On the Theoretical Motivation for Positing Etiological Functions
From: Canadian Journal of Philosophy, Volume 41, Number 3, September 2011, pp. 371-390 | 10.1353/cjp.2011.0026
In lieu of an abstract, here is a brief excerpt of the content:
It is a plain fact that biology makes use of terms and expressions commonly spoken of as teleological. Biologists frequently speak of the function of biological items. They may also say that traits are 'supposed to' perform some of their effects, claim that traits are 'for' specific effects, or that organisms have particular traits 'in order to' engage in specific interactions. There is general agreement that there must be something useful about this linguistic practice but it is controversial whether it is entirely appropriate, and if so why it is.
Many theorists have defended the use of seemingly teleological terms by appeal to an etiological notion of function (Wright, 1973; Millikan, 1984, 2002; Neander, 1991; Griffiths, 1993; Godfrey-Smith, 1994; and Buller, 1999). According to the etiological notion, attributing a function to a trait is a matter of pointing to effects that account for why the trait has been selected for. On an alternative but related formulation function statements indicate that past tokens of the targeted type contributed to the existence of current token traits in virtue of exhibiting the effect at issue. A central feature of etiological definitions is that they come with a requirement of ancestry; there must have been type-identical tokens exhibiting the targeted effect in order for a trait to have an etiological function. Trivially, first-generation tokens lack such ancestors as far as the novel trait is concerned and therefore lack etiological functions.
In this paper, I will home in on the theoretical motivation for the requirement of ancestry, a requirement that renders the resulting functions essentially etiological. I will argue that the positing of etiological functions is theoretically ungrounded. Not that there aren't any tokens that meet the description, but this is far from sufficient. So, for instance, there is a real difference between tokens with a trait T that are born 2000 years or more after the first token with T, and tokens that are born earlier. We may then add to a standard etiological definition of 'function' the requirement of being born 2000 years or more after the first mutant and let 'munction' stand for the resulting historical property. Are there munctions? Well, if all that is required in order to answer affirmatively is that there are tokens that fit the description then the answer is clearly 'yes.' However, there is no known reason for stressing that particular difference and therefore no reason to posit munctions. Likewise, the point of this paper is that there is no theoretical reason to stress the difference between first-generation tokens and later ones and thus no reason to conceive of biological functions as essentially etiological.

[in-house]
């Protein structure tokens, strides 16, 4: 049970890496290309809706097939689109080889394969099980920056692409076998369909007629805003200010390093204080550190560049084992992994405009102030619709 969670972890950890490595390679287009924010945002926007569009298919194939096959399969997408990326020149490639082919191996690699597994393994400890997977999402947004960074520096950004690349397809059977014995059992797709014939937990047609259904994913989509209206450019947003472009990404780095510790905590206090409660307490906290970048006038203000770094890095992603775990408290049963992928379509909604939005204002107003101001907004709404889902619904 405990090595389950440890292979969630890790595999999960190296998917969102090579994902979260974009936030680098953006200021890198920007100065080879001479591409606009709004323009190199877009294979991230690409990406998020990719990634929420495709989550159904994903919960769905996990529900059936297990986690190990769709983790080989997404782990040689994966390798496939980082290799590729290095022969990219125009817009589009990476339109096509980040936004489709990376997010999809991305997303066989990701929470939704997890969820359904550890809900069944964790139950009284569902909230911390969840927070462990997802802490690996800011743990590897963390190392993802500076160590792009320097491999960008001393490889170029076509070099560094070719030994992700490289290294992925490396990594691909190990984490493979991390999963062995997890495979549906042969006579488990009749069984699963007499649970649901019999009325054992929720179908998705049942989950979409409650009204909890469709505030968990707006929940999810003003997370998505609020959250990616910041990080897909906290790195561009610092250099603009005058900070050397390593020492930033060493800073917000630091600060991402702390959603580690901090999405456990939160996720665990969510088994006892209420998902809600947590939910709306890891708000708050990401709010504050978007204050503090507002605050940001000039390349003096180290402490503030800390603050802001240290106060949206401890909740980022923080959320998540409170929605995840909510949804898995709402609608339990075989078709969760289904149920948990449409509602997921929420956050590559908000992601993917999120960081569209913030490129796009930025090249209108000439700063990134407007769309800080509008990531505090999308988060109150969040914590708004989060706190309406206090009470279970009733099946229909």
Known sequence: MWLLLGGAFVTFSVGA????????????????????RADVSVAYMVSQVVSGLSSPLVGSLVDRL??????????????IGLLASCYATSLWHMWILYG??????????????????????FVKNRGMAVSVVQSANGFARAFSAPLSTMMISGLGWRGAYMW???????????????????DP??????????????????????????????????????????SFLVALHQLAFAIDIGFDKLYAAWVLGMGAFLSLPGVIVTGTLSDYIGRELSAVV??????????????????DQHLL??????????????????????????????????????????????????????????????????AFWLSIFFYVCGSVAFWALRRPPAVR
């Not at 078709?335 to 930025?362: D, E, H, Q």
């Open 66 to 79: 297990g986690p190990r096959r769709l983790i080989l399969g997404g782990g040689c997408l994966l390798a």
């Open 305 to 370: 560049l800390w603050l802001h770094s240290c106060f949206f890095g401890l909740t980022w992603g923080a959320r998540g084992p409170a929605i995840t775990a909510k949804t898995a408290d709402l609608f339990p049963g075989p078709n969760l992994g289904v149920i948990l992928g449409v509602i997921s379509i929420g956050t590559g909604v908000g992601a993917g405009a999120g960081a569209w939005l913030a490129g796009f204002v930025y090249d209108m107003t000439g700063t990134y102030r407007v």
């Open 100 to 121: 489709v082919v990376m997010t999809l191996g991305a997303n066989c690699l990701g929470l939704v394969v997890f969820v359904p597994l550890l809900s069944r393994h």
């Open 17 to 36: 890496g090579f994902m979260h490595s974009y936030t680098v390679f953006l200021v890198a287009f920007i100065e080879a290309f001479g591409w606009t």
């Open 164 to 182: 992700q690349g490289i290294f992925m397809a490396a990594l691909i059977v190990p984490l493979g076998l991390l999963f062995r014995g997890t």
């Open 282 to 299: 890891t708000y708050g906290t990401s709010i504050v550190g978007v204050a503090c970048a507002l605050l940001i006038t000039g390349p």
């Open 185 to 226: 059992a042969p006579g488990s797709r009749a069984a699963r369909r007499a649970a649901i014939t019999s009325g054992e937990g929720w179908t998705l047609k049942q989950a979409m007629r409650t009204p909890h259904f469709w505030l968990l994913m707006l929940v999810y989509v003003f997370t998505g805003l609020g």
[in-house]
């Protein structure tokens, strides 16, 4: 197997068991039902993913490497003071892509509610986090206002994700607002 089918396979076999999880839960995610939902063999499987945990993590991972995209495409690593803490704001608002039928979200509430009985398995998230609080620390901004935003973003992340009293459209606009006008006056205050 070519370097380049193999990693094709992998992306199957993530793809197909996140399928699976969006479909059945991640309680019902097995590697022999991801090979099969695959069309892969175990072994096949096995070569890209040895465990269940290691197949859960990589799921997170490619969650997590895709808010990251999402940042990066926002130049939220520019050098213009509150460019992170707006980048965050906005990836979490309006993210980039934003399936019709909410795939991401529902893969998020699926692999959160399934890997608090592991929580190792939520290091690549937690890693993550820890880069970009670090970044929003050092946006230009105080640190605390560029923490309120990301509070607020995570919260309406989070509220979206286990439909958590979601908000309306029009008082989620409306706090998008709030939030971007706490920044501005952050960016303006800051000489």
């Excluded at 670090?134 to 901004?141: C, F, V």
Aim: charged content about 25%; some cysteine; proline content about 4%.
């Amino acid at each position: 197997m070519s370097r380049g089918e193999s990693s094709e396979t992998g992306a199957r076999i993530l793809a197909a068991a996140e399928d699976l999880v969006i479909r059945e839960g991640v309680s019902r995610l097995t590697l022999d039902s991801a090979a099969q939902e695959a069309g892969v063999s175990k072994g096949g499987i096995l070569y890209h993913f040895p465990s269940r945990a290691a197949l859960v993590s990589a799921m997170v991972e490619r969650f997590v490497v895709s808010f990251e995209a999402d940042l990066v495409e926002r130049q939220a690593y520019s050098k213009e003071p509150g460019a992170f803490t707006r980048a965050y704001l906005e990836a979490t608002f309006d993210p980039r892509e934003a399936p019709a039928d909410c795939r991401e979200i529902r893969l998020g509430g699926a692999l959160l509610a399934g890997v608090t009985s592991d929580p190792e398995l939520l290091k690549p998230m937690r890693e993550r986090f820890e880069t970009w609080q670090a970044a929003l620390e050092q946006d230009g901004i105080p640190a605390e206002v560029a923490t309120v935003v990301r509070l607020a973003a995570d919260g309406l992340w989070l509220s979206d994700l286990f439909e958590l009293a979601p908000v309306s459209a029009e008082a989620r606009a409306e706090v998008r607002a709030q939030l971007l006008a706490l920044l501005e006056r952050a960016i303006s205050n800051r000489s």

There is nothing new about voicing negative verdicts about etiological accounts of 'function' (Cummins, 1975, 2002; Enç and Adams, 1992; Walsh and Ariew, 1996; Davies, 2000a, b; McLaughlin, 2001; Lewens, 2004). I take my approach to differ from, and be a useful complement to, that of others in the following respects: I press the question of the rationale for the exclusion, by definition, of first-generation tokens more consistently than has been done elsewhere. I attempt to run through the main considerations etiologists have brought to bear on the topic. In the process I look into the claim that the etiological notion of function is required for biological categorisation, and critically address relatively recent proposals made by etiologists on this issue. I look at Millikan's (1984) explicit motivation for her 'proper function' — that it is required to capture explanatory analogies between domains — and find that this motivation fails to suggest an etiological notion as opposed to a non-etiological one. I provide a rather thorough critical discussion of the idea, made popular by Wright (1973), that the etiological notion is vindicated by its role in explaining the existence of traits. I also discuss the possibility of finding support for the etiological account in the writings of prominent biologists and conclude that the textual evidence is not unequivocally in favour of an etiological account. All things considered, I take my account to strongly suggest that the etiological account of functions gets its support from a pre-theoretical mindset, not theoretical considerations.
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